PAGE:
So the non-cash working capital movement, it’s been CAD22 million year-to-date. Also, you'll note significant income taxes paid year-to-date, related to some of the amount we were able to pay this year related to 18 in Canada and then payment over 19 Texas.

Moving forward to Page 13. You'll note at the bottom, we have updated the information on the tariffs U.S., Canada and the Canadian safeguards, what has been happening, we did also give some information on the fact that the Canadian Department of Finance has looked at the stressful steel matters and there are, sorry, that was the U.S. International Trade Commission, sorry I confuse the two. And Canada was taken out of the preliminary determination and there will be a countervailing duties against China and Mexico. So that hopefully, that section recaps everything that happened starting in 2018 and then some of it has been in – unwound into 2019.

Turning over onto Page 14. If you see the decline in total revenues, I've spoken already to the selling price and tons of information there. Just wanted to bring your attention to the gross margins, so gross margins for metal service centers down slightly from Q1, we anticipate some continued pressure on gross margins in metal service centers in Q3, maybe slightly lower than Q2, caused by the fact that plate is still declining and we will start to buy some of our other inventory at lower price, but we still need to average that higher price through the system. So we'll see some drag on our gross margins in the Q3 and should start improving in Q4, subject to anything else changing.

Energy products had consistent margins related to the first quarter, and that is created by the good margins in our oil field stores and the mix between oil field and OCTG. Still distributors are also more consistent with Q1, similarly, still prices have come off there, but we continue to be able to sell our product at reasonable margins. The net results of operating profit to revenues is reported down below. Metal service centers should improve as we go forward we hope.

The next Page 15, chart that explains IFRS impact of the capitalization of leases, so the assets and liabilities put on the impact of moving some of the EBIT into interests by segment, it's broken out there.

Moving onto page 16. So just to speak to the selling price, so selling price, I have indicated earlier was up 2%, compared to second quarter 2018, if you were to go backwards, you would see that in Q3 selling price actually went up 6% over Q2, 2018 and Q3 2019 is when we're going to drop below where we had been. So just looking – thinking back or taking a view back as to what happened in 2018 versus 2019, tariffs came on in May, June, prices started to ramp up, so selling price increased significantly for the second half of 2018, actually Q3 and Q4 were similar selling price levels for us. And we've now started to drop below those levels and we expect that Q3 2019 will be approximately 5% lower than Q2 2019. And times probably are going to be similar range or maybe a little bit more down than what we have experienced for the first half of the year, which is 7% down.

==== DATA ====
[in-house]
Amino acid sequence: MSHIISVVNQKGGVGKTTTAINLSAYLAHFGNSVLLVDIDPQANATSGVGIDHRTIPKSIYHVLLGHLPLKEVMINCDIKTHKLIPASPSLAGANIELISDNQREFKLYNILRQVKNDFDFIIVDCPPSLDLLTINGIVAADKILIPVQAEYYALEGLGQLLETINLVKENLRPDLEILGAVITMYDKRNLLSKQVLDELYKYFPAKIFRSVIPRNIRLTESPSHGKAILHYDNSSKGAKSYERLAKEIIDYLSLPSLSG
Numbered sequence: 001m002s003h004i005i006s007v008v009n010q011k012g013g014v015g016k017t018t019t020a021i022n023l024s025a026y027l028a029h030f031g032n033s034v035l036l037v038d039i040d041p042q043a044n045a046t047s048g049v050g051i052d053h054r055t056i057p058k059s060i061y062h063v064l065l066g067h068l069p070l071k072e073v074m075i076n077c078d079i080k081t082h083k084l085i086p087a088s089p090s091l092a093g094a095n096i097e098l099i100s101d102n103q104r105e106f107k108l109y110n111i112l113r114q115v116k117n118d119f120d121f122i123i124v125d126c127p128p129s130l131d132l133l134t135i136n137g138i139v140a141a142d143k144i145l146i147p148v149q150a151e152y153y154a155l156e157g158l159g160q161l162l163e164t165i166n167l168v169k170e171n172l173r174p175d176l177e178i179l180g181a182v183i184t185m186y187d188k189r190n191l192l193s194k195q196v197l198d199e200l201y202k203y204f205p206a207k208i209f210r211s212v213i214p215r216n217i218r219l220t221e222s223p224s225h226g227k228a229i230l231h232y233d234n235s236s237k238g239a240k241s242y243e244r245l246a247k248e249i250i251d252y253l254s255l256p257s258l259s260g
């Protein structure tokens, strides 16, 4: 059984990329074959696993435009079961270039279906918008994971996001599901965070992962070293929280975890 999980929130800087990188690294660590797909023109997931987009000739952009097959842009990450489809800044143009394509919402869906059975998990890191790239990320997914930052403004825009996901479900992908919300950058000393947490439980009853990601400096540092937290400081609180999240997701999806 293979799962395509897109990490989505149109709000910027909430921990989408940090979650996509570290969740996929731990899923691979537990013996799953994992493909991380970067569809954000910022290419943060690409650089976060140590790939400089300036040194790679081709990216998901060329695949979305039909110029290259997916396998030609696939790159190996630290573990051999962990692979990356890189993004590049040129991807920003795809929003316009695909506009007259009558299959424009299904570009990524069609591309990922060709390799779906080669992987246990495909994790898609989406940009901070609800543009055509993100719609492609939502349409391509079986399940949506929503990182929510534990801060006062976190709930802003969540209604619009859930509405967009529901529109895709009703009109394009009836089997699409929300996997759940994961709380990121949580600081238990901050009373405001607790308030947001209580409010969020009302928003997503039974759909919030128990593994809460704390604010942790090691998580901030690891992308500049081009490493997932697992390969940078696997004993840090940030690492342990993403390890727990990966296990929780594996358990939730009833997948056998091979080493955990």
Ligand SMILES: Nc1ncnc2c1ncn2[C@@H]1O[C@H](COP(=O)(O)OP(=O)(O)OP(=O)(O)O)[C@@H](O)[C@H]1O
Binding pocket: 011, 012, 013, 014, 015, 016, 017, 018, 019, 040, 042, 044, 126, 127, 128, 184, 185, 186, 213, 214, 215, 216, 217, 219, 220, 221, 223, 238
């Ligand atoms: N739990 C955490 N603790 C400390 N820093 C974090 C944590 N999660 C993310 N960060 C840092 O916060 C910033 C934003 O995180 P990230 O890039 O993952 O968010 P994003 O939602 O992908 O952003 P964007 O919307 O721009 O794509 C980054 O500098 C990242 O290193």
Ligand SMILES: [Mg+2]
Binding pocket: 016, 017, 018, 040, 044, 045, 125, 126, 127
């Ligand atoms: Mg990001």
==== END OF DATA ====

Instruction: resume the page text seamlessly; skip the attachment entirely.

Turning to Page 21. Just wanted to speak to the inventory levels, you'll note that our inventory levels at June 2019 are very close to our inventory levels at June 2018. The area that we would like to see some improvement is our energy products. We only have turns to 1.9, we had 2 last year, so yes, second quarter is always challenging with the lower revenues, we hope that more activity, especially in OCTG in the second half of the year will help to improve that to some of the levels that we saw at other quarters during 2018 and earlier 2019.

The metal service center turns and levels, we’re very happy with as we mentioned, we have been selling off our higher priced inventory, we will be starting to replace that, that will help our average price in gross margin in the look forward. Still, distributors have brought down their inventory levels as they get to what the new norm is in North America with tariffs.

Those are my comments, and I'm going to open it up to questions.

Question-and-Answer Session

Operator

Thank you. [Operator Instructions] And your first question is from Devin Dodge of BMO. Please go ahead.

Devin Dodge

Thanks, and good morning.

Marion Britton

Good morning.

Devin Dodge

So, obviously lots of moving parts on the pricing side, there was some helpful commentary Marion, thank you. Just trying to get a sense for maybe for each product line, obviously, you said plate continues to soft and does that continued through early Q3? And maybe just – maybe from other cost – other pricing commodity for other products that you sell, including maybe some of the energy space.

John Reid

Yes. So Devin, we’ll just – we'll start with flat rolled coil, as you have so many products – obviously, downstream or by-product does that. And it looks like it bottomed out early July and it started to bounce back now, we saw the numbers get – U.S. numbers get around 480. We've come back into a currency adjusted situation following the 232, we're now U.S. currency adjusted for Canada, which sets back to normal. If you look at the metal margins spreads, it feels like the mill has actually over-corrected on core products. So when it got down around that 485, 500 number, there was probably an over-correction. And if you look at the metal margin spread and the spread to the world market, I think that's recovering naturally, now you're getting it back to a normal metal margin spread, although it being on the low end. And it seems to be at a sweet spot to keep up imported back. But again, I don't see a whole lot of upside potential for it, but it seems to be at a good landing spot.